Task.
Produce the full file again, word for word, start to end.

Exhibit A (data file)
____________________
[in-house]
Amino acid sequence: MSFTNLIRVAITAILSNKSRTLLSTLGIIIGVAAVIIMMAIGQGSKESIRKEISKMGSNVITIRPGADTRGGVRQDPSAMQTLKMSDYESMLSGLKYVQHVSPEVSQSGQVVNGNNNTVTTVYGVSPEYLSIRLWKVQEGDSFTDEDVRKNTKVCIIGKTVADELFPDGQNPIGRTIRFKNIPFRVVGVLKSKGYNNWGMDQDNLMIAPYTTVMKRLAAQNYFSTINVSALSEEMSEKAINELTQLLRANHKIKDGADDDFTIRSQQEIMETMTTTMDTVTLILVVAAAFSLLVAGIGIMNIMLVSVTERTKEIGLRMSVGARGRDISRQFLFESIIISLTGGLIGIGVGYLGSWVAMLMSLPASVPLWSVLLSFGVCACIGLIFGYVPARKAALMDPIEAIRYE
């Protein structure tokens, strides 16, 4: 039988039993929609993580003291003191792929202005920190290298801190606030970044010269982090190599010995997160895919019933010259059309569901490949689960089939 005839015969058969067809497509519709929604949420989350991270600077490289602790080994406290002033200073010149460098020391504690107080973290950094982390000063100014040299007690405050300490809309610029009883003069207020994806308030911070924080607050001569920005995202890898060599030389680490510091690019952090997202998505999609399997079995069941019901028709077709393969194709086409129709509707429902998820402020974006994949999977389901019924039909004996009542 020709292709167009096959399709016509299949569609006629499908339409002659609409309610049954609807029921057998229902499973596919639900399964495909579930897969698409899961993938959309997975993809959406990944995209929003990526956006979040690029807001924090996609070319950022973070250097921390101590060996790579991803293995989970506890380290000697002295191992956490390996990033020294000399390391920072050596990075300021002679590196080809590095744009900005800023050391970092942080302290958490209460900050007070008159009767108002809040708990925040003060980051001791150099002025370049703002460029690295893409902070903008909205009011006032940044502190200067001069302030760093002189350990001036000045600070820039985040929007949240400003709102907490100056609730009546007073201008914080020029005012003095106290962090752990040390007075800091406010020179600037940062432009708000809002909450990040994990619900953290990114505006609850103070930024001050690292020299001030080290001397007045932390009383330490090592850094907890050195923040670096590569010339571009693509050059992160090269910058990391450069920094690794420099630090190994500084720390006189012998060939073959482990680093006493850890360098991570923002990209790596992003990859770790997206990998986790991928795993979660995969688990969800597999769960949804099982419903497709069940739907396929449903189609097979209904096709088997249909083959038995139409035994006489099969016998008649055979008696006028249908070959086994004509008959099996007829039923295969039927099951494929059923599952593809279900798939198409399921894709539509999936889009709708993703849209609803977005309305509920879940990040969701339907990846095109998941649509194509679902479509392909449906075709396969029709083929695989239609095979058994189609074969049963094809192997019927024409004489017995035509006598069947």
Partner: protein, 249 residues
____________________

[in-house]
Amino acid sequence: MSFTNLIRVAITAILSNKSRTLLSTLGIIIGVAAVIIMMAIGQGSKESIRKEISKMGSNVITIRPGADTRGGVRQDPSAMQTLKMSDYESMLSGLKYVQHVSPEVSQSGQVVNGNNNTVTTVYGVSPEYLSIRLWKVQEGDSFTDEDVRKNTKVCIIGKTVADELFPDGQNPIGRTIRFKNIPFRVVGVLKSKGYNNWGMDQDNLMIAPYTTVMKRLAAQNYFSTINVSALSEEMSEKAINELTQLLRANHKIKDGADDDFTIRSQQEIMETMTTTMDTVTLILVVAAAFSLLVAGIGIMNIMLVSVTERTKEIGLRMSVGARGRDISRQFLFESIIISLTGGLIGIGVGYLGSWVAMLMSLPASVPLWSVLLSFGVCACIGLIFGYVPARKAALMDPIEAIRYE
């Protein structure tokens, strides 16, 4: 039988039993929609993580003291003191792929202005920190290298801190606030970044010269982090190599010995997160895919019933010259059309569901490949689960089939 005839015969058969067809497509519709929604949420989350991270600077490289602790080994406290002033200073010149460098020391504690107080973290950094982390000063100014040299007690405050300490809309610029009883003069207020994806308030911070924080607050001569920005995202890898060599030389680490510091690019952090997202998505999609399997079995069941019901028709077709393969194709086409129709509707429902998820402020974006994949999977389901019924039909004996009542 020709292709167009096959399709016509299949569609006629499908339409002659609409309610049954609807029921057998229902499973596919639900399964495909579930897969698409899961993938959309997975993809959406990944995209929003990526956006979040690029807001924090996609070319950022973070250097921390101590060996790579991803293995989970506890380290000697002295191992956490390996990033020294000399390391920072050596990075300021002679590196080809590095744009900005800023050391970092942080302290958490209460900050007070008159009767108002809040708990925040003060980051001791150099002025370049703002460029690295893409902070903008909205009011006032940044502190200067001069302030760093002189350990001036000045600070820039985040929007949240400003709102907490100056609730009546007073201008914080020029005012003095106290962090752990040390007075800091406010020179600037940062432009708000809002909450990040994990619900953290990114505006609850103070930024001050690292020299001030080290001397007045932390009383330490090592850094907890050195923040670096590569010339571009693509050059992160090269910058990391450069920094690794420099630090190994500084720390006189012998060939073959482990680093006493850890360098991570923002990209790596992003990859770790997206990998986790991928795993979660995969688990969800597999769960949804099982419903497709069940739907396929449903189609097979209904096709088997249909083959038995139409035994006489099969016998008649055979008696006028249908070959086994004509008959099996007829039923295969039927099951494929059923599952593809279900798939198409399921894709539509999936889009709708993703849209609803977005309305509920879940990040969701339907990846095109998941649509194509679902479509392909449906075709396969029709083929695989239609095979058994189609074969049963094809192997019927024409004489017995035509006598069947």
Partner: protein, 249 residues